What a strange week. The governing Conservative Party in the UK has raised taxes to levels not seen since WWII and the Chinese Communist Party is limiting online gaming activity for children to just 3 hours per week. These are hardly populist moves and one does wonder whether these modern political masters of deception and deflection are steering domestic eyes away from two far bigger economic disasters? In fact, both potential disasters have a Celtic twist.
In the case of Global Britain and the Brexit fantasy, it was striking to see the UK fall out of the top 10 trading partners of Germany for the first time since 1950. The commercial carnage of Brexit is a clown car crash which can’t be hidden from UK tax payers for much longer no matter how many landmark sausage and cheese deals Trade Secretary, Liz Truss, and Sir Ian “Beefy” Botham land with Togo. Of course, our closest trading partner’s historic world-first attempt at a trade reduction treaty is not good news on this island but events in China may soon resonate even more strongly given our recent economic history. Remember the Celtic Tiger and an economy where almost 20% of activity(and government revenues) were derived from construction activity? Well, that tiger’s Sino relatives seem to have found sanctuary in the Middle Kingdom.
Check out this week’s news on Chinese real estate construction giant, Evergrande. China seem happy to bash its own technology companies in recent months but Evergrande has been allowed to reset debt terms by the Beijing authorities. The numbers might explain why. Evergrande’s debt pile is more than $300 billion which is more than Ireland’s GDP back in 2008. That’s the official number. It is quite likely off-balance sheet commitments/liabilities would bring that number up to $600 billion which would put the developer in Lehman Brothers territory.
Arguably, in enterprise value terms(debt + equity), Evergrande, and its 200,000 employees plus 3.8 million jobs in its construction ecosystem, is in the top 10 biggest companies on the planet. And, it is bust. It also is not alone. A quick peek at the distressed public market prices of bonds issued by other Chinese construction companies would indicate another $300 billion of debt in troubled waters. Now we are into $1 trillion dodgy debt territory. It is no great surprise the Chinese authorities are offering “sanctuary” to this construction tiger by seeking renegotiated debt terms on its behalf. The ripple effect of a full-scale default would hurt the entire construction industry in China. But, this is where I am a little concerned debt quarantine or sanctuary for one company might not be enough. Consider the following:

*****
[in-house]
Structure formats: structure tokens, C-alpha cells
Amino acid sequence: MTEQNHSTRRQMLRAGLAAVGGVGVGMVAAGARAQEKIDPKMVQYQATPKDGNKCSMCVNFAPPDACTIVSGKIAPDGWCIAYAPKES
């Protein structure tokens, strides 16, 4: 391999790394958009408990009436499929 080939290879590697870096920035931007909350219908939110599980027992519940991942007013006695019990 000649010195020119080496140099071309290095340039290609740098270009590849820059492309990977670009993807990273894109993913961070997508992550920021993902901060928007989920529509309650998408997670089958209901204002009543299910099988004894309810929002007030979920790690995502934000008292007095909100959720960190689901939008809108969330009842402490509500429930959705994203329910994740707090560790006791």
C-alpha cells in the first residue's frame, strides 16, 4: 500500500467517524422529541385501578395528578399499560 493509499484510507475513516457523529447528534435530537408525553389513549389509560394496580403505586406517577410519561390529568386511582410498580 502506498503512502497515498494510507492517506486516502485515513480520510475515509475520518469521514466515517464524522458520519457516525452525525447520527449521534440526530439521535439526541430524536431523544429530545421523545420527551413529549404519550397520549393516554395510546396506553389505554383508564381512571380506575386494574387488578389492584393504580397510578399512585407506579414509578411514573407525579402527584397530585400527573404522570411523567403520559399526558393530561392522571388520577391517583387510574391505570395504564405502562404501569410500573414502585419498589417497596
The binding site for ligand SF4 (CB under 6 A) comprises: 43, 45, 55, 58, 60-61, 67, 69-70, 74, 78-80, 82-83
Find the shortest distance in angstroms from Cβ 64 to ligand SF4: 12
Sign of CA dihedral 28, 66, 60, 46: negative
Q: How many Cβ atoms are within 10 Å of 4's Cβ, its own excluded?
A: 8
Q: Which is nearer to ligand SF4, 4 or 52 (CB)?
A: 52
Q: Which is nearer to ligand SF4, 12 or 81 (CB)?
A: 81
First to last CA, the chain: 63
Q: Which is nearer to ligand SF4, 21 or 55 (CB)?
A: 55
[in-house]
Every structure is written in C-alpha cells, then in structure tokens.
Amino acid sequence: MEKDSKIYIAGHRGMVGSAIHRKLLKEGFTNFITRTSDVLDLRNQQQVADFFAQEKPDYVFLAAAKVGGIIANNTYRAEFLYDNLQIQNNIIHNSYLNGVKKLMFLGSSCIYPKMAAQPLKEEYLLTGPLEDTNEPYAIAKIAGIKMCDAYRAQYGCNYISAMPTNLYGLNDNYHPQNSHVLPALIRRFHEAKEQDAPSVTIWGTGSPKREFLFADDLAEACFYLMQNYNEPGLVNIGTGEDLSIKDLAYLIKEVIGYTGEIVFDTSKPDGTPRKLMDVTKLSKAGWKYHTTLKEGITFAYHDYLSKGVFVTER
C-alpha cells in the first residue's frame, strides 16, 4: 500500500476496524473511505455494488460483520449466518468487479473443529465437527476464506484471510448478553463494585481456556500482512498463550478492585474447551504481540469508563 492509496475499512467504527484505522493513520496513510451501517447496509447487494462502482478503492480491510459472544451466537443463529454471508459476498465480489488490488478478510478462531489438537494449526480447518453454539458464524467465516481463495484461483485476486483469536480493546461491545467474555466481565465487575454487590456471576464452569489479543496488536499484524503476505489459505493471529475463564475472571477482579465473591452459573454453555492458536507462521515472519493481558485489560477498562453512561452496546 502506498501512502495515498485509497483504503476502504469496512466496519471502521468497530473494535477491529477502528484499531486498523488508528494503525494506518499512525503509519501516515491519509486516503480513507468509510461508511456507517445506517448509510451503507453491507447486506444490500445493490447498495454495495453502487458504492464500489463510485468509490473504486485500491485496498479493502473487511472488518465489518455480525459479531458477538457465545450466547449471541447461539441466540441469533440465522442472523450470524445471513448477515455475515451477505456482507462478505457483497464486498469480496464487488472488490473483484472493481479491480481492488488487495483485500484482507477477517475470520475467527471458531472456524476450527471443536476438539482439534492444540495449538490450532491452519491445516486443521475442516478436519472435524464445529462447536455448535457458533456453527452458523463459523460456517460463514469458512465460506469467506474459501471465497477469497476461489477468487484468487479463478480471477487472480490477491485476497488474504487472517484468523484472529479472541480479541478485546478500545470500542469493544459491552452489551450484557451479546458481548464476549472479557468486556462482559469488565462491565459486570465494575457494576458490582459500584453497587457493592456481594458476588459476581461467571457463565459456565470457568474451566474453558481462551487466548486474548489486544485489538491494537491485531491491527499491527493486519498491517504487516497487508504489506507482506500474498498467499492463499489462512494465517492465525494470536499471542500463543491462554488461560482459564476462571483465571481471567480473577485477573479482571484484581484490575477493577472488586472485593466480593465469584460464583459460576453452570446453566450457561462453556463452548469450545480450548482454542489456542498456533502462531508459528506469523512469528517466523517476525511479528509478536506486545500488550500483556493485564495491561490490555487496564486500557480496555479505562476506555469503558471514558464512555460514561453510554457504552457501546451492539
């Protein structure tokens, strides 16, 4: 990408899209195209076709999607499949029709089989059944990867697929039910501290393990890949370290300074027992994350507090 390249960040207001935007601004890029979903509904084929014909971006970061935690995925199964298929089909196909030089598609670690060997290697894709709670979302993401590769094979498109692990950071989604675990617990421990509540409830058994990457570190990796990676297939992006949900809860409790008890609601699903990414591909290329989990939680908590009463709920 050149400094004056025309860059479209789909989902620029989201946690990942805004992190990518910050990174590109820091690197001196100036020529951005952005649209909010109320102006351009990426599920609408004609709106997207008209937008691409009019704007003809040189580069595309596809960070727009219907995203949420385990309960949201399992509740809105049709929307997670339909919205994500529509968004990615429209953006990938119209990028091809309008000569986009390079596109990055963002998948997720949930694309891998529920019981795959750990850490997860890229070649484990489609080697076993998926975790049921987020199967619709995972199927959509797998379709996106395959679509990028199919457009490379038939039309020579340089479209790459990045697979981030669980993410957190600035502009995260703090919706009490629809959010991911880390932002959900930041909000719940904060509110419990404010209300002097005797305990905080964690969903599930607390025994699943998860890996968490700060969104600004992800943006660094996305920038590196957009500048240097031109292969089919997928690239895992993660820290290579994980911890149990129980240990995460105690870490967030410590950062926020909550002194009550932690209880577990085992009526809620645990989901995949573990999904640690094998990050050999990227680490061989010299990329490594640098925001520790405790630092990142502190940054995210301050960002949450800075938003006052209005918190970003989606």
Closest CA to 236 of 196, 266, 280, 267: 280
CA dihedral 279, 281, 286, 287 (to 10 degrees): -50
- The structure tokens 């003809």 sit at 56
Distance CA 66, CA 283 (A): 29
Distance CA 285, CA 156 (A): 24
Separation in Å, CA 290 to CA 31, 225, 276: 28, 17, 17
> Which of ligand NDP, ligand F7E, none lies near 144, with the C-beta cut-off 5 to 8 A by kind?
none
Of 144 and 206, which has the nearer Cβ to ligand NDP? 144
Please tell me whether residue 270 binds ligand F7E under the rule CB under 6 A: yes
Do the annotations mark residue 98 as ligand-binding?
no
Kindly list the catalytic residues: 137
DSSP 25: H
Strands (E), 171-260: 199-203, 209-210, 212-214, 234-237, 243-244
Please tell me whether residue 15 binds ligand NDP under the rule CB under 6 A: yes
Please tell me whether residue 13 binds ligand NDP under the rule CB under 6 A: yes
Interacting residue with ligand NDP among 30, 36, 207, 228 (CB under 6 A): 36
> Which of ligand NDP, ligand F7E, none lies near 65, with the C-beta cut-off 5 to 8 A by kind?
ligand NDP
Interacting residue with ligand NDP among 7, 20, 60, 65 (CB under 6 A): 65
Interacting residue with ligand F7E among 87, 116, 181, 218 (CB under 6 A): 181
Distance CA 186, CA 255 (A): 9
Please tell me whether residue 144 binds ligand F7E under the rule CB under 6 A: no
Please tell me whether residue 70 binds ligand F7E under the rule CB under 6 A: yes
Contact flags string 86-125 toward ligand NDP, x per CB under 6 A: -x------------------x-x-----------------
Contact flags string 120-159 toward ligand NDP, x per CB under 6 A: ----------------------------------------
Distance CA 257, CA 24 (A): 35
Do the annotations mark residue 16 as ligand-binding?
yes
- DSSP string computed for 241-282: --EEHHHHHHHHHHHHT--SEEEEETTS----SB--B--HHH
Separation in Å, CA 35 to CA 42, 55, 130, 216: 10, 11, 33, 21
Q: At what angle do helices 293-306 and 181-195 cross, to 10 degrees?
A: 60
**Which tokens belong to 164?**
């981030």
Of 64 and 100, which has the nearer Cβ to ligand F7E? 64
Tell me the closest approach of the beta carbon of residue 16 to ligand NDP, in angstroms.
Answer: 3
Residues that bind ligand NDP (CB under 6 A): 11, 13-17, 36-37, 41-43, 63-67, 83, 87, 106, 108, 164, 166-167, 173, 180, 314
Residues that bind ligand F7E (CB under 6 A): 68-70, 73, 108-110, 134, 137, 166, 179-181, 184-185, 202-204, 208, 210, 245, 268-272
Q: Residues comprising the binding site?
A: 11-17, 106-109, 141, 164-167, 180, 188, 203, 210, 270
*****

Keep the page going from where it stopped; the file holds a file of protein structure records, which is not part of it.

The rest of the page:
- China is not in Celtic Tiger territory but a construction/real estate industry accounting for 16% of GDP (vs Ireland at 20% in 2008) is about 3 times what would be considered healthy.
- Property statistics in 2019 showed Chinese home ownership at 90% – actually 96% in rural areas.
- In 2019 20% of urban housing stock or 65 million residences lay vacant.
- 44% of mortgages according to 2019 statistics are for second homes. And 24% are for third homes….
- Loans to the Chinese real estate industry are difficult to quantify because the banks are only one part of the financing system. We may soon get used to terminology like shadow banking(non banks), trust products(investments) and local government finance vehicles(LGFVs) because these will be the dominos which could fall first, and hard. Estimates of debt in these entities are well over $10 trillion and much of it will be real estate related.
We need to watch carefully the impact of a potential asset fire sale at Evergrande. Pressure on real estate prices will have Celtic-type consequences; lending freezes, collateral calls, liquidity pressures, defaults and more selling. But no buying. This is not a Brexity blip in trade. For context, consider “Global Britain” is a $3 trillion economy. Now add $50 trillion to that number and you are close to a 2019 Goldman Sachs estimate of the total value of Chinese housing and developers’ inventory. And for those quibbling with out-of-date 2019 data points above and possibly citing pent up Chinese structural ‘demand’ for housing I will leave you with two rather important numbers to consider.
- Chinese population growth is zero %.
- The value of new housing built in China since 2019 is estimated at $3 trillion.
Yep, Global Britain and its centuries-old history of empire, industrial revolution and world wars won has just been built in the space of two years…..